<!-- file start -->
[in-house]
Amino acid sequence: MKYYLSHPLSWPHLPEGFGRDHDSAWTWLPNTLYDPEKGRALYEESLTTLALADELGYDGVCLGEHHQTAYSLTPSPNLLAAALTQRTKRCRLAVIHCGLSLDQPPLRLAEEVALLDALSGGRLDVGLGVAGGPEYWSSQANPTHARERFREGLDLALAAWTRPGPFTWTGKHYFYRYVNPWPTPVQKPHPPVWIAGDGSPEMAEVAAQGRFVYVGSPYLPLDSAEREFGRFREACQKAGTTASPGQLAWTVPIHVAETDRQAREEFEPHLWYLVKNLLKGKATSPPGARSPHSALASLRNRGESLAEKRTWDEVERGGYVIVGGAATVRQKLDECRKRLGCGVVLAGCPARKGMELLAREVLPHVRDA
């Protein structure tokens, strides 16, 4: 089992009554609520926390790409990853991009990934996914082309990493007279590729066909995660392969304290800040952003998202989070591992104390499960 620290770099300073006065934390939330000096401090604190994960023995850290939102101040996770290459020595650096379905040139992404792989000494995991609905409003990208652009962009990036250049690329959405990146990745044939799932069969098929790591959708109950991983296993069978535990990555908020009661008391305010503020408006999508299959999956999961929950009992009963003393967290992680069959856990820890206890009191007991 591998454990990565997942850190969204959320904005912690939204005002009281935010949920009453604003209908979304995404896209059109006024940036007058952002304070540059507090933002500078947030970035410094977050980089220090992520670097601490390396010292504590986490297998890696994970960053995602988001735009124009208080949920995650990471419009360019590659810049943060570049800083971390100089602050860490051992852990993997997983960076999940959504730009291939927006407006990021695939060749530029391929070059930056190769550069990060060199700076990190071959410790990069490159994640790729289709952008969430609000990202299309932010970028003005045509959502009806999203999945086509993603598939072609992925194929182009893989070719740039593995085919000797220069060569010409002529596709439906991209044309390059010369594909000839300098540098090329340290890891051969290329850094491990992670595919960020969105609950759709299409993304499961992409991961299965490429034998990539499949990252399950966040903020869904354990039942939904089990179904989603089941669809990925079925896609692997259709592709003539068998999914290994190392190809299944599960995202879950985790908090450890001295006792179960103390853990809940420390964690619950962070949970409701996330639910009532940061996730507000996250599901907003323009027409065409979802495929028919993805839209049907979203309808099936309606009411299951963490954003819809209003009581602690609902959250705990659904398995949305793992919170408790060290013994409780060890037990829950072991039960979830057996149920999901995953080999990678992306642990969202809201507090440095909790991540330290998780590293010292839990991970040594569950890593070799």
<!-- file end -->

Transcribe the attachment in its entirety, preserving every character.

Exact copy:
[in-house]
Amino acid sequence: MKYYLSHPLSWPHLPEGFGRDHDSAWTWLPNTLYDPEKGRALYEESLTTLALADELGYDGVCLGEHHQTAYSLTPSPNLLAAALTQRTKRCRLAVIHCGLSLDQPPLRLAEEVALLDALSGGRLDVGLGVAGGPEYWSSQANPTHARERFREGLDLALAAWTRPGPFTWTGKHYFYRYVNPWPTPVQKPHPPVWIAGDGSPEMAEVAAQGRFVYVGSPYLPLDSAEREFGRFREACQKAGTTASPGQLAWTVPIHVAETDRQAREEFEPHLWYLVKNLLKGKATSPPGARSPHSALASLRNRGESLAEKRTWDEVERGGYVIVGGAATVRQKLDECRKRLGCGVVLAGCPARKGMELLAREVLPHVRDA
């Protein structure tokens, strides 16, 4: 089992009554609520926390790409990853991009990934996914082309990493007279590729066909995660392969304290800040952003998202989070591992104390499960 620290770099300073006065934390939330000096401090604190994960023995850290939102101040996770290459020595650096379905040139992404792989000494995991609905409003990208652009962009990036250049690329959405990146990745044939799932069969098929790591959708109950991983296993069978535990990555908020009661008391305010503020408006999508299959999956999961929950009992009963003393967290992680069959856990820890206890009191007991 591998454990990565997942850190969204959320904005912690939204005002009281935010949920009453604003209908979304995404896209059109006024940036007058952002304070540059507090933002500078947030970035410094977050980089220090992520670097601490390396010292504590986490297998890696994970960053995602988001735009124009208080949920995650990471419009360019590659810049943060570049800083971390100089602050860490051992852990993997997983960076999940959504730009291939927006407006990021695939060749530029391929070059930056190769550069990060060199700076990190071959410790990069490159994640790729289709952008969430609000990202299309932010970028003005045509959502009806999203999945086509993603598939072609992925194929182009893989070719740039593995085919000797220069060569010409002529596709439906991209044309390059010369594909000839300098540098090329340290890891051969290329850094491990992670595919960020969105609950759709299409993304499961992409991961299965490429034998990539499949990252399950966040903020869904354990039942939904089990179904989603089941669809990925079925896609692997259709592709003539068998999914290994190392190809299944599960995202879950985790908090450890001295006792179960103390853990809940420390964690619950962070949970409701996330639910009532940061996730507000996250599901907003323009027409065409979802495929028919993805839209049907979203309808099936309606009411299951963490954003819809209003009581602690609902959250705990659904398995949305793992919170408790060290013994409780060890037990829950072991039960979830057996149920999901995953080999990678992306642990969202809201507090440095909790991540330290998780590293010292839990991970040594569950890593070799």